Bye bye, Birmingham. Hello London. The U.K.-based Oxygen Accelerator startup bootcamp is moving down south, from the Midlands city where it was born back in 2011 to take up residence in the heart of East London’s Tech City. Specifically it will be moving into Google’s Campus London co-working space — taking the floor formerly occupied by Springboard/TechStars — for its next 13-week programme, beginning October 1.
It looks likely that Birmingham’s ability to compete as a startup hub has lost out to the noise and momentum generated by London’s Tech City initiative — and the U.K. Capital’s general ability to stand taller on a global stage. “This is part of Oxygen Accelerator’s push to attract startups and entrepreneurs from around the world and become a truly international tech accelerator,” says Oxygen’s CEO Simon Jenner, commenting on the move.
Oxygen is accepting applications for its next intake until August 23. Ten successful applicants will get 13-weeks in Campus London to develop their proposition, with support from 150+ mentors — including Eze Vidra, Head of Campus London, Google and Sean Seton Rogers of PROFounders Capital — with expertise in finance, marketing, design, tech and entrepreneurship.
The programme offers €7,000 investment per founder (up to three founders) to each of the 10 startups in the intake, meaning it offers up to €21,000 per startup in exchange for 8% equity. Plus free office space at Campus London during the programme and access to lawyers, accountants and pitch trainers to prepare startups for an investment pitch day presentation.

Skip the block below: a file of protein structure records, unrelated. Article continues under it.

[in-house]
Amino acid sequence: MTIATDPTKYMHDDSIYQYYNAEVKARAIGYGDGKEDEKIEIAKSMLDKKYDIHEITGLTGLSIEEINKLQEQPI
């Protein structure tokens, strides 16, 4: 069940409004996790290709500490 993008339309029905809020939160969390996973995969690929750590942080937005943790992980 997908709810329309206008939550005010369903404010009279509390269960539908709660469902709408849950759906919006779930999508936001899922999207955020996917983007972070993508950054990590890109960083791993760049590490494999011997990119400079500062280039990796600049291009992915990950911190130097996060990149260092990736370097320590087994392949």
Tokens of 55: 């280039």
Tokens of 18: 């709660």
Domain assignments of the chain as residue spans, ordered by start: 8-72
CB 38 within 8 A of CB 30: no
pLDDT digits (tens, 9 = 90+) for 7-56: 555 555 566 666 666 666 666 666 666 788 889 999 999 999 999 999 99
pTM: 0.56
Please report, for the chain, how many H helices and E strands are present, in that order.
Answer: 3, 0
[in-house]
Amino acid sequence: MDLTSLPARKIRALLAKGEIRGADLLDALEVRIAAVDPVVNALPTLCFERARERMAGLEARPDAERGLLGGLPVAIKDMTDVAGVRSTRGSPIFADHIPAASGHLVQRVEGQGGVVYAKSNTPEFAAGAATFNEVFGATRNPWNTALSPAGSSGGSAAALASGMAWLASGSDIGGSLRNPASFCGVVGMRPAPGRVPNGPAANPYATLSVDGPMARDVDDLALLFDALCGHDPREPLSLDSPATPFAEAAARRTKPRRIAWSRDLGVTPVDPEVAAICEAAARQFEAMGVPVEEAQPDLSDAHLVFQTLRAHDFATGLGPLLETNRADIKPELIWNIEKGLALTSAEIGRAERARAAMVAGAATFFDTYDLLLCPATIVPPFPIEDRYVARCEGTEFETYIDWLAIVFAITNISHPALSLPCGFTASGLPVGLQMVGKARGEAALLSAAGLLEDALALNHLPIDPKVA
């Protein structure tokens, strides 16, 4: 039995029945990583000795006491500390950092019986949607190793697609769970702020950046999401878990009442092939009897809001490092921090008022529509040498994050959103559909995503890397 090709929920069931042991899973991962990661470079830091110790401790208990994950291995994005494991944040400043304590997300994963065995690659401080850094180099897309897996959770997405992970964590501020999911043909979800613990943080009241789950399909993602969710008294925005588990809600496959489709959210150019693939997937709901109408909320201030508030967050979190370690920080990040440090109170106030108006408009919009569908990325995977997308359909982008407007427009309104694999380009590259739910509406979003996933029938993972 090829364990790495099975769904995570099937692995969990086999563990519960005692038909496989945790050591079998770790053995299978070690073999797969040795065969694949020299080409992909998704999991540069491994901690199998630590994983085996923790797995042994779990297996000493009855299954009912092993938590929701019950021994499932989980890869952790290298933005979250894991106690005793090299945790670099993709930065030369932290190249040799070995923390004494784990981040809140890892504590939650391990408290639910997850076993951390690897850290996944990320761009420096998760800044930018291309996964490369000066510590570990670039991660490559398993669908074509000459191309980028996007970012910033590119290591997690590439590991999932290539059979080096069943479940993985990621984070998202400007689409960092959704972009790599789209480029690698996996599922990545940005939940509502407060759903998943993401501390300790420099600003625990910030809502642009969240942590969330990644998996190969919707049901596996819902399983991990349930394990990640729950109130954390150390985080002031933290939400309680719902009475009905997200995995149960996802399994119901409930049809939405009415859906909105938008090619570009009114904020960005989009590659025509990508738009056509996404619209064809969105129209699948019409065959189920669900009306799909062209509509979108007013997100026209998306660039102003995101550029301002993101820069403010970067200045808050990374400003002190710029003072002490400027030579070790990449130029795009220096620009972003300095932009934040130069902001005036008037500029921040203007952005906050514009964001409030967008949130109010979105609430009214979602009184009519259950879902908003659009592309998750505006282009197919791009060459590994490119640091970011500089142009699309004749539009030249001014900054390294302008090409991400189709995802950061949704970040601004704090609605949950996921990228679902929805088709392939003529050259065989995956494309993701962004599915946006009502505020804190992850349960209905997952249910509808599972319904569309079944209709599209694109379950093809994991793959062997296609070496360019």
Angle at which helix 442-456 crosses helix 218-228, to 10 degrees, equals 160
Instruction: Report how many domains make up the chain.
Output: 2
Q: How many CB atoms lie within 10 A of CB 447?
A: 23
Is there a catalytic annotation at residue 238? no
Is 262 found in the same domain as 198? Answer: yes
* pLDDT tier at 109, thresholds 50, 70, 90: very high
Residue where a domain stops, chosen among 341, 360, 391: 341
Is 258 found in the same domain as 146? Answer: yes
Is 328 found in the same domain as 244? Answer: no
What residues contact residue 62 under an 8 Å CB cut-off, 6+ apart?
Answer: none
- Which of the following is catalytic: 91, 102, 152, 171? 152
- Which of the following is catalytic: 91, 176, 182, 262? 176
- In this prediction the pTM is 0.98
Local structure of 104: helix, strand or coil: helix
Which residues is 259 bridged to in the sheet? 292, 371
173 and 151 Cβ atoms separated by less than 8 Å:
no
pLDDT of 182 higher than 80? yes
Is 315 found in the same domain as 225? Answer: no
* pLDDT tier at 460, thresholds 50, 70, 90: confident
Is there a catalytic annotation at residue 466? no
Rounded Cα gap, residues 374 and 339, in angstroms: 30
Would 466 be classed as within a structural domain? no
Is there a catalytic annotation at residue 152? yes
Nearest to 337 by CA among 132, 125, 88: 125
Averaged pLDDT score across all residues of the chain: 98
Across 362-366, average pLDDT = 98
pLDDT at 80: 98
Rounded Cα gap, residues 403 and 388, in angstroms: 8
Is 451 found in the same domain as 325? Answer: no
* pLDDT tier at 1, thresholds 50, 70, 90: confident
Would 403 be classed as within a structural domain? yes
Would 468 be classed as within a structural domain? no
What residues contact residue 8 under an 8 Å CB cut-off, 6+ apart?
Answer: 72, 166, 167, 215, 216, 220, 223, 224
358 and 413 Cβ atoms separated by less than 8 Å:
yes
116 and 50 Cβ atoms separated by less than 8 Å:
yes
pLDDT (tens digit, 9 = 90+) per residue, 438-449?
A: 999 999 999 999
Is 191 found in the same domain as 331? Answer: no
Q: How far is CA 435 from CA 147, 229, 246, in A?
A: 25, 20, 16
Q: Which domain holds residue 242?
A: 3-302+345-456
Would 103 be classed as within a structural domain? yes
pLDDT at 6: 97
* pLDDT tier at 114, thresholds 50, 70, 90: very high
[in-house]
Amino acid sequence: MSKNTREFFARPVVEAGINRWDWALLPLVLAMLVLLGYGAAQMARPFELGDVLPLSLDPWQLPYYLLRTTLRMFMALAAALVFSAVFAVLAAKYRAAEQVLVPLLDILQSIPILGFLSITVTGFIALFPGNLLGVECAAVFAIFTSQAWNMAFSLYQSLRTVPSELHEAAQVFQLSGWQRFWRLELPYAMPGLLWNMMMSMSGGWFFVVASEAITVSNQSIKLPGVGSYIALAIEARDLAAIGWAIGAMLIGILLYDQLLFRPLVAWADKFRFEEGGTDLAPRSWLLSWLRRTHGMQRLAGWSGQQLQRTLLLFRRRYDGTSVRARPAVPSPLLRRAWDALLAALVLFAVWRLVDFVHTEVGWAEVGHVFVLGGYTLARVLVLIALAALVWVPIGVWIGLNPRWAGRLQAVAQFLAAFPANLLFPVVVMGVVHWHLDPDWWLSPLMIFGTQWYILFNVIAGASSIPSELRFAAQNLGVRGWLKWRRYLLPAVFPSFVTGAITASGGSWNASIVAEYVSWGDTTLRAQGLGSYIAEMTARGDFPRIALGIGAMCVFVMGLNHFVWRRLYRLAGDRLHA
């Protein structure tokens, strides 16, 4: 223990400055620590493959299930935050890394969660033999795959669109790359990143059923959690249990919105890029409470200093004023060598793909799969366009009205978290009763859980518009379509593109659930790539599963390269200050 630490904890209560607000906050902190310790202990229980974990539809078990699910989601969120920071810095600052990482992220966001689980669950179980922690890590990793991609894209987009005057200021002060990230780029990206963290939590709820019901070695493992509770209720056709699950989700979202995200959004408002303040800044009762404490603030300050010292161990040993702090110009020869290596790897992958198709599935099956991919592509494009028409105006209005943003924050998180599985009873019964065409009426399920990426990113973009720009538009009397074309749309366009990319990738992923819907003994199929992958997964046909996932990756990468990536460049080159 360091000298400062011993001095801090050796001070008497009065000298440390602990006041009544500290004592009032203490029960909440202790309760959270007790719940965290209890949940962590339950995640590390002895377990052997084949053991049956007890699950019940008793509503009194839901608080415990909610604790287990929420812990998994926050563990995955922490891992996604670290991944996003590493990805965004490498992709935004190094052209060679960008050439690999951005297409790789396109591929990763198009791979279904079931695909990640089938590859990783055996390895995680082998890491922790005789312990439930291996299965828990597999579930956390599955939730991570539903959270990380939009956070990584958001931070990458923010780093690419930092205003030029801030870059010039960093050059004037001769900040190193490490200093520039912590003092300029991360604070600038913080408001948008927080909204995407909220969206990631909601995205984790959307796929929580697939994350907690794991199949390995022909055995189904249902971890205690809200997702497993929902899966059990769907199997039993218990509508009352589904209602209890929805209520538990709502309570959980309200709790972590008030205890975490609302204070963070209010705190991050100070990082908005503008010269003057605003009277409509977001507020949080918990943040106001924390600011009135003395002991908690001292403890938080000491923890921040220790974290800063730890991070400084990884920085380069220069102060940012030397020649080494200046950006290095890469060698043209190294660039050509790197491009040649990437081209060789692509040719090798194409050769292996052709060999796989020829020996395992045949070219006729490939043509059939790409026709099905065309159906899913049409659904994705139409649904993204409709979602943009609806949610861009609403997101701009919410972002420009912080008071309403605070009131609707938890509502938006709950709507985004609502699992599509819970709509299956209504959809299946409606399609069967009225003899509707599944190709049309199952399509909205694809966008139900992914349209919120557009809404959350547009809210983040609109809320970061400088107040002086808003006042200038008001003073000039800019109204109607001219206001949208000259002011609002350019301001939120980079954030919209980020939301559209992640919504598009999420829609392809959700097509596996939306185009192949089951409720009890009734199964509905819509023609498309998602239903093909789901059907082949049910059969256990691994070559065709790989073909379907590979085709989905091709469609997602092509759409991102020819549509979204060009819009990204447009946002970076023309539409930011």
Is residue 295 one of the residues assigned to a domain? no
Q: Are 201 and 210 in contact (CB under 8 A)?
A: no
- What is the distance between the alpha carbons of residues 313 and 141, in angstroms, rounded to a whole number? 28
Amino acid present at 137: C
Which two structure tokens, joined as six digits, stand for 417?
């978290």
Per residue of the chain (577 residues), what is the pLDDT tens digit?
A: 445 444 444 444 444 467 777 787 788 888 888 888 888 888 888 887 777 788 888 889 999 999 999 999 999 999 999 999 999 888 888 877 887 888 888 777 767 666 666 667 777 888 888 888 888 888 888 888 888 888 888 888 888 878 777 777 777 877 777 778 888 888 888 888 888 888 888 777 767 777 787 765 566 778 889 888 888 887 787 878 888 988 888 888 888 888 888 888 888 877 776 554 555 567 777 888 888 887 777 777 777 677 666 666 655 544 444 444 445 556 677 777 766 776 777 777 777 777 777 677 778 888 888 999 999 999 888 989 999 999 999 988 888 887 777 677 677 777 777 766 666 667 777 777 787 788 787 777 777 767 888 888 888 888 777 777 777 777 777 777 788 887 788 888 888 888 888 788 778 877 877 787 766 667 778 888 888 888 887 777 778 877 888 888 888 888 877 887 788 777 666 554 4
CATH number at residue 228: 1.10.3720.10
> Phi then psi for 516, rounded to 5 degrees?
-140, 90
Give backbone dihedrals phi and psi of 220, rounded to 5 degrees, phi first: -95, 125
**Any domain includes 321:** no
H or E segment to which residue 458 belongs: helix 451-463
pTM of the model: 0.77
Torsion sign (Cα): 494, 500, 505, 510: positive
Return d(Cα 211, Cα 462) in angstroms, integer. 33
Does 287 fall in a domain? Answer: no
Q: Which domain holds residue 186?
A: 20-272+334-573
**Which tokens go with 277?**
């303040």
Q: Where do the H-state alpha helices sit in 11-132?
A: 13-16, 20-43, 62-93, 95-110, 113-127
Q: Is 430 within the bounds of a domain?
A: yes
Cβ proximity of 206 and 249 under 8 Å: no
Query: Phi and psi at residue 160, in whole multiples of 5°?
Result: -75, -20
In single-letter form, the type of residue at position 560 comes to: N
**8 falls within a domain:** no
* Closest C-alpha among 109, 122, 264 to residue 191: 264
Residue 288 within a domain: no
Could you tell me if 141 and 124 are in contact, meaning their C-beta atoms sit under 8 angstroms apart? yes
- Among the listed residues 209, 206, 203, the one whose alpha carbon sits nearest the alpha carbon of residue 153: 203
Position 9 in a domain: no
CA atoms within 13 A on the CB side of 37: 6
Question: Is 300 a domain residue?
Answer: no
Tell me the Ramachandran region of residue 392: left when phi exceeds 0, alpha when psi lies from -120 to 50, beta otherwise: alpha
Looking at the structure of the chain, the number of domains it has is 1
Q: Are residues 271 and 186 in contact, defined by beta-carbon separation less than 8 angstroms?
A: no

In the U.K. Oxygen competes with the likes of TechStars, SeedCamp and Wayra to put budding startups through their paces in exchange for equity. All four accelerators are now based in London, so the Capital is clearly the place to be if you’re in the business of incubating startups.
There are a handful of regional accelerators in the U.K. — such as the North East’s Ignite100 (albeit, its programme includes time in London and New York as well as Newcastle) and Sheffield’s Dotforge — but there’s no doubt the centre of gravity for incubating tech startups is firmly lodged in the Capital. London has the international pull and access to VC cash to draw in entrepreneurs and ideas from farther afield and Oxygen’s move just underlines that.
Oxygen’s Jenner also makes that point that accelerators are increasingly competing with each other for their next intake — and that the U.K. specifically competes with rising numbers of incubators cropping up elsewhere in Europe. “London… definitely has the strongest tech scene of any city in the U.K. and probably in Europe which gives it obvious advantages,” he tells TechCrunch.
Despite London’s strength evidently making it tougher to operate outside the U.K.’s tech centre of gravity, Oxygen’s move is not necessarily a permanent one, according to Jenner — albeit, he could just be keen not to slam the door too hard on the way out of Birmingham.
“No decision has been taken on where future OxygenAccelerator programmes will be held — they may take place elsewhere in the U.K. or even outside of the U.K.,” he says, adding: “Birmingham was an excellent location for previous Oxygen Accelerator programmes, attracting high-quality startups such as Carhoots, Hobzy and Sorted — half of all the startups that have been through the programme so far have secured funding.”